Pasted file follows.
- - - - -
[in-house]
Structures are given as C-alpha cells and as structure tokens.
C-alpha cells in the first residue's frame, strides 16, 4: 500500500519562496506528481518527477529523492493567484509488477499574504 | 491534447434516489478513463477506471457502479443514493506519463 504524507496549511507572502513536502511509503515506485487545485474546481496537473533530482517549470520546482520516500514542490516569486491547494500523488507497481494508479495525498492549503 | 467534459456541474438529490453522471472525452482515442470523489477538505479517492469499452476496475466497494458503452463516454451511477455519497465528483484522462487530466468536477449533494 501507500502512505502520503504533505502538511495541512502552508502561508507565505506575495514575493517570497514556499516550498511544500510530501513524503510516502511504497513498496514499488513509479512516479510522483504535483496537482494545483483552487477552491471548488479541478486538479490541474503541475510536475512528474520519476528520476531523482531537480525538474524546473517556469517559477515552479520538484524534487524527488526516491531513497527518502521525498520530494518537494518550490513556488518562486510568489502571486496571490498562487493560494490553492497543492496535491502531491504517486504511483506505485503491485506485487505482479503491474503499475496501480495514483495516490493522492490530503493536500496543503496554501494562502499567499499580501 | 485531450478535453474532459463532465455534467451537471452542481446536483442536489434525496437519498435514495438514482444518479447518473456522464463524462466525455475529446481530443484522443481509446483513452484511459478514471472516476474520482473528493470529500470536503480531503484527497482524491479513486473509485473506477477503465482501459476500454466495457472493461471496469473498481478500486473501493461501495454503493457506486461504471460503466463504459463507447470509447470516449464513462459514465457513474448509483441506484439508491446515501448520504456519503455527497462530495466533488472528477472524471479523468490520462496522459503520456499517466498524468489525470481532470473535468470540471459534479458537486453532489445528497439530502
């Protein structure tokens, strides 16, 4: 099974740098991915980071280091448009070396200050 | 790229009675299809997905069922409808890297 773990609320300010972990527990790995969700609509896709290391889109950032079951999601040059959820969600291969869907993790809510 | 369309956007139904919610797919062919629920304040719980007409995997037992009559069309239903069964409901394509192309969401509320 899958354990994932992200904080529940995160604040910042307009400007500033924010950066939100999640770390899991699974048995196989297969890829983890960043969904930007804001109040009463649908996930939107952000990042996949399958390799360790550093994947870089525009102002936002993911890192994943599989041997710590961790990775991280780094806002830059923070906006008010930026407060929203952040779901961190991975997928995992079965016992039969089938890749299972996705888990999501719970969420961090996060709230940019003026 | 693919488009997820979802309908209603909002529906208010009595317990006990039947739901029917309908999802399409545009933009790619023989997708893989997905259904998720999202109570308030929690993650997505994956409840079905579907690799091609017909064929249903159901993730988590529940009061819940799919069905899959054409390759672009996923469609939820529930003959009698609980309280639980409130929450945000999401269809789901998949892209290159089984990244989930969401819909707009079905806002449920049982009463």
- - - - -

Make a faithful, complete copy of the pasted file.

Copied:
[in-house]
Structures are given as C-alpha cells and as structure tokens.
C-alpha cells in the first residue's frame, strides 16, 4: 500500500519562496506528481518527477529523492493567484509488477499574504 | 491534447434516489478513463477506471457502479443514493506519463 504524507496549511507572502513536502511509503515506485487545485474546481496537473533530482517549470520546482520516500514542490516569486491547494500523488507497481494508479495525498492549503 | 467534459456541474438529490453522471472525452482515442470523489477538505479517492469499452476496475466497494458503452463516454451511477455519497465528483484522462487530466468536477449533494 501507500502512505502520503504533505502538511495541512502552508502561508507565505506575495514575493517570497514556499516550498511544500510530501513524503510516502511504497513498496514499488513509479512516479510522483504535483496537482494545483483552487477552491471548488479541478486538479490541474503541475510536475512528474520519476528520476531523482531537480525538474524546473517556469517559477515552479520538484524534487524527488526516491531513497527518502521525498520530494518537494518550490513556488518562486510568489502571486496571490498562487493560494490553492497543492496535491502531491504517486504511483506505485503491485506485487505482479503491474503499475496501480495514483495516490493522492490530503493536500496543503496554501494562502499567499499580501 | 485531450478535453474532459463532465455534467451537471452542481446536483442536489434525496437519498435514495438514482444518479447518473456522464463524462466525455475529446481530443484522443481509446483513452484511459478514471472516476474520482473528493470529500470536503480531503484527497482524491479513486473509485473506477477503465482501459476500454466495457472493461471496469473498481478500486473501493461501495454503493457506486461504471460503466463504459463507447470509447470516449464513462459514465457513474448509483441506484439508491446515501448520504456519503455527497462530495466533488472528477472524471479523468490520462496522459503520456499517466498524468489525470481532470473535468470540471459534479458537486453532489445528497439530502
């Protein structure tokens, strides 16, 4: 099974740098991915980071280091448009070396200050 | 790229009675299809997905069922409808890297 773990609320300010972990527990790995969700609509896709290391889109950032079951999601040059959820969600291969869907993790809510 | 369309956007139904919610797919062919629920304040719980007409995997037992009559069309239903069964409901394509192309969401509320 899958354990994932992200904080529940995160604040910042307009400007500033924010950066939100999640770390899991699974048995196989297969890829983890960043969904930007804001109040009463649908996930939107952000990042996949399958390799360790550093994947870089525009102002936002993911890192994943599989041997710590961790990775991280780094806002830059923070906006008010930026407060929203952040779901961190991975997928995992079965016992039969089938890749299972996705888990999501719970969420961090996060709230940019003026 | 693919488009997820979802309908209603909002529906208010009595317990006990039947739901029917309908999802399409545009933009790619023989997708893989997905259904998720999202109570308030929690993650997505994956409840079905579907690799091609017909064929249903159901993730988590529940009061819940799919069905899959054409390759672009996923469609939820529930003959009698609980309280639980409130929450945000999401269809789901998949892209290159089984990244989930969401819909707009079905806002449920049982009463």